Tim McFarlane is interviewed for Streets Dept.

Tim McFarlane is interviewed for Streets Dept.

New Tim McFarlane Mural Shows Us the Importance of Abstract Public Art

Awesome new mural from Philadelphia-based artist Tim McFarlane, located at 10th and Callowhill Streets! The mural was created with curator Ryan Strand Greenberg and Mural Arts Philadelphia.

Over email, I asked Tim to tell us more about his new public artwork: “The piece alludes to the natural origins of the intersection of 10th Street, Callowhill Street, and Ridge Avenue, as that area was once considered a suburb before railroads, factories, and large-scale immigration began to change the landscape. On another level, I was drawn to the present-day diversity of people who call the Callowhill neighborhood home, the Chinese community and those who use this area as a conduit to other parts of the city. I was interested in giving some sense of movement and changing perspectives of the area through color and form, while using changing overhead views of the intersection to anchor the other forms in the murals three panels.”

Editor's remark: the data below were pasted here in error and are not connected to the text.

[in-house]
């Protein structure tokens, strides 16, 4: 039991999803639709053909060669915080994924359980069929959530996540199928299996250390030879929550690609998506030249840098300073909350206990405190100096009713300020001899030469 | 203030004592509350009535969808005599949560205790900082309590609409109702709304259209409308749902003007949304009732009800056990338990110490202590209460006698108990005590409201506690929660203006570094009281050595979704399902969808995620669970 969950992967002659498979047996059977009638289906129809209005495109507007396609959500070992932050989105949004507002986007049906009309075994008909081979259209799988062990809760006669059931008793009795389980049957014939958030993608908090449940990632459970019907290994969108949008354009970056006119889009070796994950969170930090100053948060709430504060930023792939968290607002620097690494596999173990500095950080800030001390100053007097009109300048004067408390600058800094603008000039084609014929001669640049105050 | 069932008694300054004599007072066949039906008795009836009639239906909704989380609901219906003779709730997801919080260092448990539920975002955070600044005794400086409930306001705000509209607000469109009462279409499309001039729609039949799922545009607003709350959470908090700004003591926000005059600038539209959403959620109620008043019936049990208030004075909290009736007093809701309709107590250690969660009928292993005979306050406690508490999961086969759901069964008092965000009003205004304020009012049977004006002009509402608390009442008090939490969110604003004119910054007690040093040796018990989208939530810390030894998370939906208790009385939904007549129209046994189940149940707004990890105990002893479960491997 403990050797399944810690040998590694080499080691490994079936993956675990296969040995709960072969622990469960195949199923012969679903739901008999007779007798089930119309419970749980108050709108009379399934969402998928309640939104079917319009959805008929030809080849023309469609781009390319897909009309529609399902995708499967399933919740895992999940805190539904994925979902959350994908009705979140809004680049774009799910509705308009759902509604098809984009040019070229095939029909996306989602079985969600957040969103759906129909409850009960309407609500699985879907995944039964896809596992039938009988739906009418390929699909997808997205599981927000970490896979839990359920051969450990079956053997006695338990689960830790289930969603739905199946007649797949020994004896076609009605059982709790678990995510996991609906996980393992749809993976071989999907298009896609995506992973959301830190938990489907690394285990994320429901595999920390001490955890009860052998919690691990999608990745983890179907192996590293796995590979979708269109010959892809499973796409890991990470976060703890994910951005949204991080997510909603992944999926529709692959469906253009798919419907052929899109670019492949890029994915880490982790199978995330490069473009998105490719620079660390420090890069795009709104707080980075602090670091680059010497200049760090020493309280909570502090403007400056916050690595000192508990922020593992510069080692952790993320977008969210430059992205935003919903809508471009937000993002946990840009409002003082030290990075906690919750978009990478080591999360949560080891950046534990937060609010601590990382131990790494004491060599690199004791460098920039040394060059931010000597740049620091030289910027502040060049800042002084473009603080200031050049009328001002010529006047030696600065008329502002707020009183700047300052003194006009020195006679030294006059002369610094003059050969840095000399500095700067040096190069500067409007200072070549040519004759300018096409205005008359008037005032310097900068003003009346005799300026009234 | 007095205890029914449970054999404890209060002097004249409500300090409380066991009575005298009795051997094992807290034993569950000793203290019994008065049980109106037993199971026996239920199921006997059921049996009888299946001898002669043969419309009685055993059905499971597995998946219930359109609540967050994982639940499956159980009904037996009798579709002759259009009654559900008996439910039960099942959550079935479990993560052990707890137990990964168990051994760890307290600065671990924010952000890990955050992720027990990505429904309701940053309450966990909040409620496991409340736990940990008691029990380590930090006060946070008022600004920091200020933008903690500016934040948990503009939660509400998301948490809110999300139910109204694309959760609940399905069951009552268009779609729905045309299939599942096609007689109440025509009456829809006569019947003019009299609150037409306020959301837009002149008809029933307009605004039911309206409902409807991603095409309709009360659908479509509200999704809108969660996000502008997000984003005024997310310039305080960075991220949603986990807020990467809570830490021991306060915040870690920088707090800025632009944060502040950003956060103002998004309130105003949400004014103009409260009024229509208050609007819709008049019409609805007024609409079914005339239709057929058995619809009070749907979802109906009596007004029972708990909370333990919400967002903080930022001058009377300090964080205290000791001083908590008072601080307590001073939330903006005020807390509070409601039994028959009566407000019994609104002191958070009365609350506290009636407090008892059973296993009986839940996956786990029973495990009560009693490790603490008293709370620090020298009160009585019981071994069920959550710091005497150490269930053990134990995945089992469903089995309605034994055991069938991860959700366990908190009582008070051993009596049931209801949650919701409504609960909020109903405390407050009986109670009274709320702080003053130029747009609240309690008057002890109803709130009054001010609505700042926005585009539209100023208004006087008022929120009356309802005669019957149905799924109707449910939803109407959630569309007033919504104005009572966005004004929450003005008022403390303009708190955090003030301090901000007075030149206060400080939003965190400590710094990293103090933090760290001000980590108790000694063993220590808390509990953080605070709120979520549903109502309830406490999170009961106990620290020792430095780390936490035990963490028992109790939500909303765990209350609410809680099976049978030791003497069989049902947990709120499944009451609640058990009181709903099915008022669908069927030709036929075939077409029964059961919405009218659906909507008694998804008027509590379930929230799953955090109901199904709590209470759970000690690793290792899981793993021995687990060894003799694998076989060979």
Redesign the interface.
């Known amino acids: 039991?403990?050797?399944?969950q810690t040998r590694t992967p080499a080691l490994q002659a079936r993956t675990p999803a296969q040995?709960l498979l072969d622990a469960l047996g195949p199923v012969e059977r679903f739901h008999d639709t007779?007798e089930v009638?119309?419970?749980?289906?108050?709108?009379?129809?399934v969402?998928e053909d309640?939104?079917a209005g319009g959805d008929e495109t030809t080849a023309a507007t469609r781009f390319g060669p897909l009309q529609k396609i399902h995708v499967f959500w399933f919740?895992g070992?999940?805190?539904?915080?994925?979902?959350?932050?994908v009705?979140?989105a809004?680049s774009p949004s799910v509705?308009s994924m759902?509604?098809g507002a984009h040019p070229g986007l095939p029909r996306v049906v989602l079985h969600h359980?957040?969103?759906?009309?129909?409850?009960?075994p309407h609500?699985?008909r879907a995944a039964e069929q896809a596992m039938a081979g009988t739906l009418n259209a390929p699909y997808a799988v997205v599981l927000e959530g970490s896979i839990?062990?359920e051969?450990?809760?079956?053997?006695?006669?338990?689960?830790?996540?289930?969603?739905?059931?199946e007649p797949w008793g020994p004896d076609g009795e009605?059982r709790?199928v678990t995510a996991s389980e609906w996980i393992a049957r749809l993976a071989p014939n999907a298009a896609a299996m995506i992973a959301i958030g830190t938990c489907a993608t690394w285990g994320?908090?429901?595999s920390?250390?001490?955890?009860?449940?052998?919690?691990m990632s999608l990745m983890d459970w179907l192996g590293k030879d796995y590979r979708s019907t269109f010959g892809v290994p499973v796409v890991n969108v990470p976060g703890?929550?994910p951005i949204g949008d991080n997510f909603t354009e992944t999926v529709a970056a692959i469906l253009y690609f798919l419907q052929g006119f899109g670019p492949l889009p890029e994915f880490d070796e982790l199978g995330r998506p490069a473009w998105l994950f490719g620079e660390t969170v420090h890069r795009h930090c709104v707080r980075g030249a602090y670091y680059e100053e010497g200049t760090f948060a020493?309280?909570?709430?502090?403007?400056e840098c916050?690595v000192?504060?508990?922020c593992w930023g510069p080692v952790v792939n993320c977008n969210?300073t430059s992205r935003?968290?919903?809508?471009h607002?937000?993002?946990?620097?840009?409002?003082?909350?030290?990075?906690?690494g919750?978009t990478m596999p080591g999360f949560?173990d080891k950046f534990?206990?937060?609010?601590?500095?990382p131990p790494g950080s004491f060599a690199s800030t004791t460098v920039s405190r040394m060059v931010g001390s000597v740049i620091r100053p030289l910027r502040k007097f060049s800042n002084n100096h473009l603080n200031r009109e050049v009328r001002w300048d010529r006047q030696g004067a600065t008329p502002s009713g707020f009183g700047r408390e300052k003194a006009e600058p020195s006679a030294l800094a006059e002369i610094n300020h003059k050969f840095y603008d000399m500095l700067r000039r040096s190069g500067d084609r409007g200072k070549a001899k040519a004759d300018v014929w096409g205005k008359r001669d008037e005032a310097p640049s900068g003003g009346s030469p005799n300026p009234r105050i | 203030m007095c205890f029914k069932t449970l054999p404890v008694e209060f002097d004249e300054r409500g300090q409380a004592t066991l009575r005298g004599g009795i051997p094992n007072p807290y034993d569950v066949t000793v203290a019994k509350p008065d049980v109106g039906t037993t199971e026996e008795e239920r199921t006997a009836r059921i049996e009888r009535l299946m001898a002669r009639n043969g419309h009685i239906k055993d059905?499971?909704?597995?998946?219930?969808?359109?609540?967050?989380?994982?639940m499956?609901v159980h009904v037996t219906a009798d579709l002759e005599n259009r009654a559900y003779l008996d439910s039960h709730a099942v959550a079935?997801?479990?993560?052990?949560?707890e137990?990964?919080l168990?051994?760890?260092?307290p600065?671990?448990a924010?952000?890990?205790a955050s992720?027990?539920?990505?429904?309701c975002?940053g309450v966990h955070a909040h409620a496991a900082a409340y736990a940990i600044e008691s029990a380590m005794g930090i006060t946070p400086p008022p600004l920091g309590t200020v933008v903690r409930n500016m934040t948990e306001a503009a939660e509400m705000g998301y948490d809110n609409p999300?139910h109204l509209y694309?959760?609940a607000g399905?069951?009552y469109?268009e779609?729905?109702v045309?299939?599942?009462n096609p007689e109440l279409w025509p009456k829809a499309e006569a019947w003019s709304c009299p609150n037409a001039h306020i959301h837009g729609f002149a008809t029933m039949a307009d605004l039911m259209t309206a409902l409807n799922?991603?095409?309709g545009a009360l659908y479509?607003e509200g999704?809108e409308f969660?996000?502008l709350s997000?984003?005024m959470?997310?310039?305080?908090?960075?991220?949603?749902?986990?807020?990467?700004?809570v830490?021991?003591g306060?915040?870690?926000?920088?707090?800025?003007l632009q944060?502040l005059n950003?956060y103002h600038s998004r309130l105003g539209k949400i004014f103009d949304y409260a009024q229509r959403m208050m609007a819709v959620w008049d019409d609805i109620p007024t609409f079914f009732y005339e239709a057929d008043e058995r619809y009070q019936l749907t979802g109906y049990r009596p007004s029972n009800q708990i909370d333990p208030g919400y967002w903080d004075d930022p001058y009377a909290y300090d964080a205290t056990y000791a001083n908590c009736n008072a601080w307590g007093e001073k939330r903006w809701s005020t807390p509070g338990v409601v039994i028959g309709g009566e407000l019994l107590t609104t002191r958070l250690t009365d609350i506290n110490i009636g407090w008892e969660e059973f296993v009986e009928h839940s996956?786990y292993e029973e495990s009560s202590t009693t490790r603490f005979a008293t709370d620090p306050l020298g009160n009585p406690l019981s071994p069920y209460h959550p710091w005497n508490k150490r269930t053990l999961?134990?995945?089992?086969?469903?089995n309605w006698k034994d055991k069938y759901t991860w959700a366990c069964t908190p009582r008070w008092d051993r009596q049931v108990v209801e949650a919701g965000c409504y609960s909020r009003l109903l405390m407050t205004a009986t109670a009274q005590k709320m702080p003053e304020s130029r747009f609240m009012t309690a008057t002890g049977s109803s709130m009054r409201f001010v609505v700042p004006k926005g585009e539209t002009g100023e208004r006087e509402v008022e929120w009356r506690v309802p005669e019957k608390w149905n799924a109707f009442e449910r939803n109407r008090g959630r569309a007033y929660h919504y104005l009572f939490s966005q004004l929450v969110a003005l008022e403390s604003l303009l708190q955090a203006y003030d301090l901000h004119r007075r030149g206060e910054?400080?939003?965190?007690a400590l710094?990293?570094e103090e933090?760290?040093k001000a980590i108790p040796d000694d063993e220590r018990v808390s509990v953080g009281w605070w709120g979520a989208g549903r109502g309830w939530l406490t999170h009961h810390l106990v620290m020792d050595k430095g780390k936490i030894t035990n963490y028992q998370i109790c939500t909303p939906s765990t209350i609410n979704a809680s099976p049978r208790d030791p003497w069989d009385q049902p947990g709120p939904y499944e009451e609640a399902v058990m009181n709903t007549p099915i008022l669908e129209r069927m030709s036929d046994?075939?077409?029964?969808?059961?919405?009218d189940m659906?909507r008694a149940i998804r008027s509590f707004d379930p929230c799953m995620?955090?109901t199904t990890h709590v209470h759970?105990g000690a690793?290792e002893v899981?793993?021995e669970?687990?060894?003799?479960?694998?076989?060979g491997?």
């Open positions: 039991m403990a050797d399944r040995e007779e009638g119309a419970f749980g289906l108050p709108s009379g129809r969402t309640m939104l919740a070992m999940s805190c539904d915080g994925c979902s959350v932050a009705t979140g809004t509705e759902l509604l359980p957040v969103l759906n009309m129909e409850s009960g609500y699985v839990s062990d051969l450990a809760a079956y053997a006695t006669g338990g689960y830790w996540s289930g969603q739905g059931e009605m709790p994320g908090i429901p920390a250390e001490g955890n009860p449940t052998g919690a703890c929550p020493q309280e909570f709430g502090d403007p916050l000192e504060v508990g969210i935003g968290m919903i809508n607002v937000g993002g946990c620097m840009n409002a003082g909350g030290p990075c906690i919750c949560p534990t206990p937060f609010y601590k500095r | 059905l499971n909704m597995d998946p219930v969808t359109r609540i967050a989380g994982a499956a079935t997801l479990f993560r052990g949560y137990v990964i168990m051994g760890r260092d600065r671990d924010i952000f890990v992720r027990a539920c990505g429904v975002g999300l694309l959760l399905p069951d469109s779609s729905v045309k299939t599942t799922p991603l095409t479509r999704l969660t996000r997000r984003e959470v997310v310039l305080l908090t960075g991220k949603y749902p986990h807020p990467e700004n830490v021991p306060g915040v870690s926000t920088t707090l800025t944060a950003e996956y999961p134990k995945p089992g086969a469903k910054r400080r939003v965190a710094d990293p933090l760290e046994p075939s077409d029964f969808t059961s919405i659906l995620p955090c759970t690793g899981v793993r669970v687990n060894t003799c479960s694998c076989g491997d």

In our city of murals, most of which tends to be figurative or representational, I asked Tim about the importance of creating abstract art in our public space:

“Abstract art in the public space is very important to me because it’s something that can make people rethink relationships to their immediate environments in a different way than representational art. Humans are wired to see themselves or some reflection of their ‘reality’ projected onto the world around them. But if well executed, non-representational work can reflect that reality back in ways that can make people reconsider the spaces around them especially in how they use and move through public spaces. Abstraction in the public realm can force people to actually stop and ponder what they are looking at before moving on. Representational art in the public space is much more expected and can do a good job of reminding us of historical events, politics, and other present concerns that many people care about. However, public abstraction can also tap into issues, desires, and histories in unexpected and interesting ways that go beyond the recognizable.”

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